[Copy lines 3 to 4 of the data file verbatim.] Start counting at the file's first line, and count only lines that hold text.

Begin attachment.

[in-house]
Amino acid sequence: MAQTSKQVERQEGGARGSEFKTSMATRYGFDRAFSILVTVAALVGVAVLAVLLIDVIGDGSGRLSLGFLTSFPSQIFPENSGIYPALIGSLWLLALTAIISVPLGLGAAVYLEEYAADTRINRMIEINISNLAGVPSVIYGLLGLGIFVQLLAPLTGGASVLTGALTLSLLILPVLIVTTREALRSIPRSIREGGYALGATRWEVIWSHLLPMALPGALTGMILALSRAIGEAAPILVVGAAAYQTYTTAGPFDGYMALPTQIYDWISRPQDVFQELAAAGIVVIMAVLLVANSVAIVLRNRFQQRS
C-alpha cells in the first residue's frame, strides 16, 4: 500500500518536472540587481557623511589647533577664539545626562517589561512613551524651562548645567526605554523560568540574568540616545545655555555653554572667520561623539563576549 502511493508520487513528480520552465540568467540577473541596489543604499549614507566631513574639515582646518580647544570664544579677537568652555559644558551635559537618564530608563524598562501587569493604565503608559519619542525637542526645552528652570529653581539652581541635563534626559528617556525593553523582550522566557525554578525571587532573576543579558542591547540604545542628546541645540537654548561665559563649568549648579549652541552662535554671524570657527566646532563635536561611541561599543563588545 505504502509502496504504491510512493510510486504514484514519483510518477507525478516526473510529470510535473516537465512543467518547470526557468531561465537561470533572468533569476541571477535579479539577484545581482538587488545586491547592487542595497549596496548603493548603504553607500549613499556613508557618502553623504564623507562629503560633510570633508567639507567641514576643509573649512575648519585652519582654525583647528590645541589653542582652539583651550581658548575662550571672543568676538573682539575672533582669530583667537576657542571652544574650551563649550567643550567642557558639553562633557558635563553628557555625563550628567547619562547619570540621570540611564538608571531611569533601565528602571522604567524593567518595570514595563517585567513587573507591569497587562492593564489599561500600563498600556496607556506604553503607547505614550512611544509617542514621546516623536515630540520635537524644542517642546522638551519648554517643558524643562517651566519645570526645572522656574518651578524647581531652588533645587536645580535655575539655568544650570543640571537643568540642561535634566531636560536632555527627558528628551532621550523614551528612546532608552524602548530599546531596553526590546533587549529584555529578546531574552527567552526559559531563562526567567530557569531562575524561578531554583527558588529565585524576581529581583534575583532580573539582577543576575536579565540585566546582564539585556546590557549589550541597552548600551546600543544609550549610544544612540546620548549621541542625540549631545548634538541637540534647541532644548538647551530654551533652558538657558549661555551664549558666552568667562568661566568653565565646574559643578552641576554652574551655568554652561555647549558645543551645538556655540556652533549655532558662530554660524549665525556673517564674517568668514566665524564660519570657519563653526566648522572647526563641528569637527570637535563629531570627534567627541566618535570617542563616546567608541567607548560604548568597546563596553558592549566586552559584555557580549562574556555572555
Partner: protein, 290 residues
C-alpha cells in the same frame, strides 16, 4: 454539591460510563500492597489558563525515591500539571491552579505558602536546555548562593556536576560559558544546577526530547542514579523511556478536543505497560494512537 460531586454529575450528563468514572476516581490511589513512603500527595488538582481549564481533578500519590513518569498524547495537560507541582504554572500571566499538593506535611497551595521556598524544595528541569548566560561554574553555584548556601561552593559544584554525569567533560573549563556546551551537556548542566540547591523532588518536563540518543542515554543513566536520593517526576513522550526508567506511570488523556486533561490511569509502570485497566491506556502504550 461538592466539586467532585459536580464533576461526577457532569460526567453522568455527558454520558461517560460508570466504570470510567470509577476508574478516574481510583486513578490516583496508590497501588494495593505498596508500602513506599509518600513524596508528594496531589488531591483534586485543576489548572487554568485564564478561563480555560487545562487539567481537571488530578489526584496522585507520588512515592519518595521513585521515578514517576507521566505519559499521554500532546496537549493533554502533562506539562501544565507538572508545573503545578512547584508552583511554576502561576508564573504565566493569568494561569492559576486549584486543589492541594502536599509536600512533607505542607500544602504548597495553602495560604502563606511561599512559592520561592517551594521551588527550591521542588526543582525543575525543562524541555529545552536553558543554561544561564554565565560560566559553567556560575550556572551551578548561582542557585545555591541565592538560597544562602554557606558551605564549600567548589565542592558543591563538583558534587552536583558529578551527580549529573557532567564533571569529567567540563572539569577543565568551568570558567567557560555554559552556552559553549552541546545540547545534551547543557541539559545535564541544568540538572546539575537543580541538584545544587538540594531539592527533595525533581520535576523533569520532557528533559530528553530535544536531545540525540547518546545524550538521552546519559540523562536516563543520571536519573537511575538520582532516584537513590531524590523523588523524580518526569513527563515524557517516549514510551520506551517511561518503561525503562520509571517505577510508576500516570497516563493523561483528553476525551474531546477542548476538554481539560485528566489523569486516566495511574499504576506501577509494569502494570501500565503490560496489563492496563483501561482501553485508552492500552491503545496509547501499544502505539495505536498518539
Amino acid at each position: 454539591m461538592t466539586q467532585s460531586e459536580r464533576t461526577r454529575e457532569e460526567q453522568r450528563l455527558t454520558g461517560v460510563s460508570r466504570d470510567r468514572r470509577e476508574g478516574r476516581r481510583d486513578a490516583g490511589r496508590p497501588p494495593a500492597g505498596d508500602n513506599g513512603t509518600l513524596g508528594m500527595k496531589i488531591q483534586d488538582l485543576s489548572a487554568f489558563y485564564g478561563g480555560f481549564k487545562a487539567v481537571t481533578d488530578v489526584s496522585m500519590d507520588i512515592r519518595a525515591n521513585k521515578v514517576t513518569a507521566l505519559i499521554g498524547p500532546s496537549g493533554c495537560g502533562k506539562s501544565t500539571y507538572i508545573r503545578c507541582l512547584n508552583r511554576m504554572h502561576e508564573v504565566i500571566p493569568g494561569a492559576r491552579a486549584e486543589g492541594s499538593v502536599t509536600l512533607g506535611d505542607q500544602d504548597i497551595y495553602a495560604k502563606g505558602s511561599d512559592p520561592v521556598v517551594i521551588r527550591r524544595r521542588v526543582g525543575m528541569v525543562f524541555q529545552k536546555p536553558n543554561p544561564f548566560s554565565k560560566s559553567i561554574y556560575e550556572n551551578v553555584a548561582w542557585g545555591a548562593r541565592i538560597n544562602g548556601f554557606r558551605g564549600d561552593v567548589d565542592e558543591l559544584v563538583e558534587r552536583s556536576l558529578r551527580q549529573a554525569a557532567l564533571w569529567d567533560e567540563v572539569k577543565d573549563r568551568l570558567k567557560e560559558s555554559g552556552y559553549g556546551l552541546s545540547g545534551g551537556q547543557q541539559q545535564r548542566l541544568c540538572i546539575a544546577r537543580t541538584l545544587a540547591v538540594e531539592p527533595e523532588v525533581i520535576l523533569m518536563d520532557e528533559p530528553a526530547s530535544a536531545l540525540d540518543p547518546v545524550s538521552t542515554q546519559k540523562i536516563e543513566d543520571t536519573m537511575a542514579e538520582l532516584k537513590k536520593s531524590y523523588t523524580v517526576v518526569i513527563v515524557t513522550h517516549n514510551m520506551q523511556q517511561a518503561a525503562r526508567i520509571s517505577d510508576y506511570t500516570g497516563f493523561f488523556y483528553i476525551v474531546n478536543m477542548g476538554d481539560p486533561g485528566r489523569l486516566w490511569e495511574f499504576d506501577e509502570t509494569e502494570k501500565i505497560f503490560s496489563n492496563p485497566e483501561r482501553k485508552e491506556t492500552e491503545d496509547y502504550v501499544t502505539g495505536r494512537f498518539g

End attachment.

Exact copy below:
C-alpha cells in the first residue's frame, strides 16, 4: 500500500518536472540587481557623511589647533577664539545626562517589561512613551524651562548645567526605554523560568540574568540616545545655555555653554572667520561623539563576549 502511493508520487513528480520552465540568467540577473541596489543604499549614507566631513574639515582646518580647544570664544579677537568652555559644558551635559537618564530608563524598562501587569493604565503608559519619542525637542526645552528652570529653581539652581541635563534626559528617556525593553523582550522566557525554578525571587532573576543579558542591547540604545542628546541645540537654548561665559563649568549648579549652541552662535554671524570657527566646532563635536561611541561599543563588545 505504502509502496504504491510512493510510486504514484514519483510518477507525478516526473510529470510535473516537465512543467518547470526557468531561465537561470533572468533569476541571477535579479539577484545581482538587488545586491547592487542595497549596496548603493548603504553607500549613499556613508557618502553623504564623507562629503560633510570633508567639507567641514576643509573649512575648519585652519582654525583647528590645541589653542582652539583651550581658548575662550571672543568676538573682539575672533582669530583667537576657542571652544574650551563649550567643550567642557558639553562633557558635563553628557555625563550628567547619562547619570540621570540611564538608571531611569533601565528602571522604567524593567518595570514595563517585567513587573507591569497587562492593564489599561500600563498600556496607556506604553503607547505614550512611544509617542514621546516623536515630540520635537524644542517642546522638551519648554517643558524643562517651566519645570526645572522656574518651578524647581531652588533645587536645580535655575539655568544650570543640571537643568540642561535634566531636560536632555527627558528628551532621550523614551528612546532608552524602548530599546531596553526590546533587549529584555529578546531574552527567552526559559531563562526567567530557569531562575524561578531554583527558588529565585524576581529581583534575583532580573539582577543576575536579565540585566546582564539585556546590557549589550541597552548600551546600543544609550549610544544612540546620548549621541542625540549631545548634538541637540534647541532644548538647551530654551533652558538657558549661555551664549558666552568667562568661566568653565565646574559643578552641576554652574551655568554652561555647549558645543551645538556655540556652533549655532558662530554660524549665525556673517564674517568668514566665524564660519570657519563653526566648522572647526563641528569637527570637535563629531570627534567627541566618535570617542563616546567608541567607548560604548568597546563596553558592549566586552559584555557580549562574556555572555
Partner: protein, 290 residues